TO-can

The three most common mistakes when mounting and heatsinking a TO-can

Diode lasers come in a wide variety of packaging configurations. Each package type provides different pros and cons when it comes to beam delivery, heat sinking, integration, and so on.  The two most common packages for what we call “component level” diode lasers are the TO-can and the 14-pin butterfly package.  While there are some exceptions, in general, the TO-can is the preferred packaging for open beam laser delivery, and the butterfly is preferred for fiber-coupled beam delivery.  The TO-can is exceptionally compact, often with an outer diameter less than 10mm, and has beam delivery perpendicular to the base of the package making it extremely desirable to surface mounting applications.  But, since the three leads (in some cases, four leads) are underneath the package just like a radial capacitor, this can lead many electrical and packaging engineers to think that it can be treated just like any other through-hole mounted component. 

TO-can

While for some extremely low power and low pointing stability applications, you may be able to get away with basic surface mounting protocols. For most applications, the heat load on the stem of the package requires special care for safe and secure mounting.  In this blog post, we are going to discuss the three most common mistakes that people make when mounting and heatsinking a TO packaged laser diode.

 

  • Always heatsink the stem, never the cap: The most critical factor to understand when mounting a TO-can is that the laser diode is heatsunk to the stem of the package, not to the cap.  As you can see from the image above, the laser diode sits on a metal tongue, protruding upward from the base of the package.  Both the tongue and stem are typically machined out of a solid piece of a highly conductive metal such as copper tungsten.  This way, all of the excess heat produced by the laser chip will flow down the tongue and be dissipated through the much larger stem on the bottom.  As a result, there is zero advantage to heatsinking the cap.  Instead, all heatsinking should be applied to the base of the package.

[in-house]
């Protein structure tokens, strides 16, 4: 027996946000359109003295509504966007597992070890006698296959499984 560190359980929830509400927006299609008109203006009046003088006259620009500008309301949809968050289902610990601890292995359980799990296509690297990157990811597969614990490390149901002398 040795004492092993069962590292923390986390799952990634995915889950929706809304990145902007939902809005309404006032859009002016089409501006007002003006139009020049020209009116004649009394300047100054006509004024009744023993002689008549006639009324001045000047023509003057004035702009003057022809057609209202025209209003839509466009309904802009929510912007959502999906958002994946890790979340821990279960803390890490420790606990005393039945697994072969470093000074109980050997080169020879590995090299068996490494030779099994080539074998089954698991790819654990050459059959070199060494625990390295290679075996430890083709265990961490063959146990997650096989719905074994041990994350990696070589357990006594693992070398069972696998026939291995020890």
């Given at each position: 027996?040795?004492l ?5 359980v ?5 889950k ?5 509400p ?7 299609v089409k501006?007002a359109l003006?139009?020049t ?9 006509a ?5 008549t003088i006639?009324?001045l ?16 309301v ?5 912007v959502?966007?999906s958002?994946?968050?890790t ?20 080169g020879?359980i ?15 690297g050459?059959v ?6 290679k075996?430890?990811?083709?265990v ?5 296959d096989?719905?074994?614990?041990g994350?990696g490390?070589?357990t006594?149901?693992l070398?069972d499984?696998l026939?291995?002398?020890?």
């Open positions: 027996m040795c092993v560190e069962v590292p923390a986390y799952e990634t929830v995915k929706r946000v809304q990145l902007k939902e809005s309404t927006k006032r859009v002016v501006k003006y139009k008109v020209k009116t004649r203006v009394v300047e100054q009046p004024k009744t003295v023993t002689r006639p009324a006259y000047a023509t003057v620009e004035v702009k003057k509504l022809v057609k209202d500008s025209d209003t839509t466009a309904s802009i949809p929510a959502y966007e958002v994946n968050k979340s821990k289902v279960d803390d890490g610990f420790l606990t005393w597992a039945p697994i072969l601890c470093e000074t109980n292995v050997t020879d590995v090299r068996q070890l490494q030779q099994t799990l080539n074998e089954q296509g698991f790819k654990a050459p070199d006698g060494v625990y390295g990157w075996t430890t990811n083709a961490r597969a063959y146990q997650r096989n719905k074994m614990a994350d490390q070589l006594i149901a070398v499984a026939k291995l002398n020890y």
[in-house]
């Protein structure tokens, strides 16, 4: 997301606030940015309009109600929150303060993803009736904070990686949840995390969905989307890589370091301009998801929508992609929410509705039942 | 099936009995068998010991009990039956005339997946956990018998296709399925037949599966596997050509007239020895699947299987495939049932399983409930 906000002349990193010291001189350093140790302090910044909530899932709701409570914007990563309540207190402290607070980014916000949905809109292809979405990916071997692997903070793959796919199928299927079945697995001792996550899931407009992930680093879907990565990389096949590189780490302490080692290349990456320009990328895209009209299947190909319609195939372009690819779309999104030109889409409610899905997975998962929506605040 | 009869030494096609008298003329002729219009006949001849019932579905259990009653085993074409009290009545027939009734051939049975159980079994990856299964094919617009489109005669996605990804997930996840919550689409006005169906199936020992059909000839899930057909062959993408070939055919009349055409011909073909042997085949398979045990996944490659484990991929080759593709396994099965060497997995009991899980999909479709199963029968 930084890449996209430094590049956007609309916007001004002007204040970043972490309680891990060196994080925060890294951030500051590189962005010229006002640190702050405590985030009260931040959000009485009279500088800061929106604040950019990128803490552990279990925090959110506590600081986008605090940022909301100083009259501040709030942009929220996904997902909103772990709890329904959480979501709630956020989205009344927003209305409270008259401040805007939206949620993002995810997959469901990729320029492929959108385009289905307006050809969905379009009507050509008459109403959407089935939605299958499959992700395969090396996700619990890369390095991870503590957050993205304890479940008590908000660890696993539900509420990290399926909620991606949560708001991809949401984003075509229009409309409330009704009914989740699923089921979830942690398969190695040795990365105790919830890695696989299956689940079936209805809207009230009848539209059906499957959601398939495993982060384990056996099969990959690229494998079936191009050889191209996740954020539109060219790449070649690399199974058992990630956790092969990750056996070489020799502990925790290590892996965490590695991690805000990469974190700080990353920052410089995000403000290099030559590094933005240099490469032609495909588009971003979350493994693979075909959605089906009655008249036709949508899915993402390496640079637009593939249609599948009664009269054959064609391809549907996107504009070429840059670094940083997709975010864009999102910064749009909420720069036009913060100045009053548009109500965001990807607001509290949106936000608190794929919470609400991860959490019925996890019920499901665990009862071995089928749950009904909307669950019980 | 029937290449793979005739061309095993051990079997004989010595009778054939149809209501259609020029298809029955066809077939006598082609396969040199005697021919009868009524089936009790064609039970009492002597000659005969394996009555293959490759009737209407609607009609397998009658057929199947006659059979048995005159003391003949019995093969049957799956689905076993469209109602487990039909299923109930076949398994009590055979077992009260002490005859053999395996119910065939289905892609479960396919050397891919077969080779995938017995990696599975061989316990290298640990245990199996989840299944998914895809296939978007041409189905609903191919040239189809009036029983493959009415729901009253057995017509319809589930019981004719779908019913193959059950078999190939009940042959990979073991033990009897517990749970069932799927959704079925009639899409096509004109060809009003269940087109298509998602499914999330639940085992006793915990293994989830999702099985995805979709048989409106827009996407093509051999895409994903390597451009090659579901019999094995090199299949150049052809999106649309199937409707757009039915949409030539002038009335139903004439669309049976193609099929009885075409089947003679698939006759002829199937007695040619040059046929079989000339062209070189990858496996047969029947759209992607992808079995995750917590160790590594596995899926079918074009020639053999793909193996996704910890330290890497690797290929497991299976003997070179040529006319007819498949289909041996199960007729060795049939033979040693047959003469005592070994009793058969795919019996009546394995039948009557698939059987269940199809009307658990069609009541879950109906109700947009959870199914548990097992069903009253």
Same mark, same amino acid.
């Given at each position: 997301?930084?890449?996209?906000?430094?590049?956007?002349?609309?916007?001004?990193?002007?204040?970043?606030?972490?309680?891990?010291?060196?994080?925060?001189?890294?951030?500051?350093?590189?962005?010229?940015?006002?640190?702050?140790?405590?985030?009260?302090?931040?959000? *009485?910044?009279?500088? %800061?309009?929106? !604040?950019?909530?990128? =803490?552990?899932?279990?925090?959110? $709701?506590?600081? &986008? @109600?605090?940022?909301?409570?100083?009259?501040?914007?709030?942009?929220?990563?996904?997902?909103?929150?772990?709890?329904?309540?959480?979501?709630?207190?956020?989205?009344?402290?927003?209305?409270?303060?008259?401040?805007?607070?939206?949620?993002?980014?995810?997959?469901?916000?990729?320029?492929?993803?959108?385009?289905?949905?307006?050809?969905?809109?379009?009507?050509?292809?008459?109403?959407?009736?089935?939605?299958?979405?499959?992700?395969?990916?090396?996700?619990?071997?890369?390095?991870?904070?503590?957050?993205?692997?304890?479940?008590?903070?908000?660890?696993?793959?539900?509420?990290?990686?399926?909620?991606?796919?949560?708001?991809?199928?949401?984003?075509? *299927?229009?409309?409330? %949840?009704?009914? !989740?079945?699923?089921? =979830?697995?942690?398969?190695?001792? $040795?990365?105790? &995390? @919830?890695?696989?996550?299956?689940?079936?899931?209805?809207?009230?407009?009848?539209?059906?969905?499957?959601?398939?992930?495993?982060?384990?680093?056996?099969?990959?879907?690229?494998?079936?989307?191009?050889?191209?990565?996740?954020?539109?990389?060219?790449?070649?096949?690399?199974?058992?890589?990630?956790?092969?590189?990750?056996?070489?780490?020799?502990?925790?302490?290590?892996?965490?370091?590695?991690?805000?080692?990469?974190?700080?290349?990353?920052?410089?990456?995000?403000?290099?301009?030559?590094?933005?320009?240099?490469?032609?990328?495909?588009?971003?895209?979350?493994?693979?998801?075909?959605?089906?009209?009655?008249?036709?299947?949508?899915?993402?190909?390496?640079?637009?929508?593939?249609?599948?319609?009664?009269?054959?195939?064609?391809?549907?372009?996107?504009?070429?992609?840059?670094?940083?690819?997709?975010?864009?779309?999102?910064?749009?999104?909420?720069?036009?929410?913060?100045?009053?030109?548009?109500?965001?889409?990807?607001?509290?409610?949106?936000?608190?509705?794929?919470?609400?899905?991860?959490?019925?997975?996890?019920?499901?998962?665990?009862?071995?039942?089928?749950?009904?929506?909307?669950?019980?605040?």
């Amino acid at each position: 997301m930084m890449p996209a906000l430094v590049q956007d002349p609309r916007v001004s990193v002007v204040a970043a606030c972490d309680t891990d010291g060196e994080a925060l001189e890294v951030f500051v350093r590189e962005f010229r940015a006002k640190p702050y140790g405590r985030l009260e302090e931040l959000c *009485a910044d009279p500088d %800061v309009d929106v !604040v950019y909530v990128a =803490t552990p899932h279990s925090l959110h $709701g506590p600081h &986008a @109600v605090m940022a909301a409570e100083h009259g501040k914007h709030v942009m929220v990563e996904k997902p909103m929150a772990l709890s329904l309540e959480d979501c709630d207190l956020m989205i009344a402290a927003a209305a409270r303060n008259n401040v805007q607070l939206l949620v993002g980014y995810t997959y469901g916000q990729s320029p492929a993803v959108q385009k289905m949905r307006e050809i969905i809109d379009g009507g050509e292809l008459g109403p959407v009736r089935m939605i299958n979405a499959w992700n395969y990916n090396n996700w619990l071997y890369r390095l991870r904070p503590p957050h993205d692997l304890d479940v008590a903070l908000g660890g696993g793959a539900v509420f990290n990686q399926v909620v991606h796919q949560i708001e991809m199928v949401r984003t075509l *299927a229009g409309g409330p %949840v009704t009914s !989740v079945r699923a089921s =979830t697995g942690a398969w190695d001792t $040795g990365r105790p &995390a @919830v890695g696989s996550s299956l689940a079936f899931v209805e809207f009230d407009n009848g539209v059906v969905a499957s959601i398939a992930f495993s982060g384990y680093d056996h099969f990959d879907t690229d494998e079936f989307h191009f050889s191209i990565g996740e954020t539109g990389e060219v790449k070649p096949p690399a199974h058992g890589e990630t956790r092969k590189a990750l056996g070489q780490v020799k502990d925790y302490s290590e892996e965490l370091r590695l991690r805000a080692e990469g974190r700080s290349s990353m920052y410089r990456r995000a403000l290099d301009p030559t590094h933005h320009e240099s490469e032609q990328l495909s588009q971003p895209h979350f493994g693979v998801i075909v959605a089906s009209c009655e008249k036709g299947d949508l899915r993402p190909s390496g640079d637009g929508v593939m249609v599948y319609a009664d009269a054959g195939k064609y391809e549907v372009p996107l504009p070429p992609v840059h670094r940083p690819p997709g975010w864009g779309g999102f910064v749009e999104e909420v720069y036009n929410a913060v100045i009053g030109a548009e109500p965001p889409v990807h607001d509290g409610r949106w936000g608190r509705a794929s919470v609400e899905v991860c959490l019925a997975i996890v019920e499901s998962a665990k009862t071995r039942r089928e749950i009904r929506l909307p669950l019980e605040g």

• Never mount the laser by the cap: Not only is it ineffective to heat sink the cap of a TO-can, but it is also hazardous to attempt to mount the can from the cap. Most TO-can caps are produced by stamping out sheet metal.  This process, while extremely inexpensive results in very thin, structurally unsound caps.  As a result, any significant pressure applied to the cap will deform and potentially dislodge the cap from the stem.  Not only will this result in structural damage, but if the laser is hermetically sealed, the loss of hermeticity can lead to environmentally induced damage to the laser chip.  This is particularly dangerous for GaN-based laser diodes, which oxidize instantly when in contact with the standard atmosphere. Additionally, since the cap is either glued or soldered to the base of the stem, they are often not seated at exactly 90-degrees to the base.  As a result, if you use the cap as a center point, the laser will most likely come out at an unpredictable angle.  

 

  • Never use silicone-based thermal grease: The final rule of thumb you should adhere to when mounting and heatsinking a TO-can, is that you should always compression mount a thermoelectric cooler (TEC) and/or heatsink under the stem with non-silicone thermal grease. Traditional silicone-based thermal grease contained volatile compounds that outgas over time and embed themselves into the optics causing the surfaces to cloud up.  These types of volatiles are far less prevalent with non-silicone fluid-based materials.

 

If you would like to get more detailed information on how to mount and heatsink a laser diode for your specific application, you can talk to one of our laser experts today by calling 1-636-272-7227, or by Clicking Here

   

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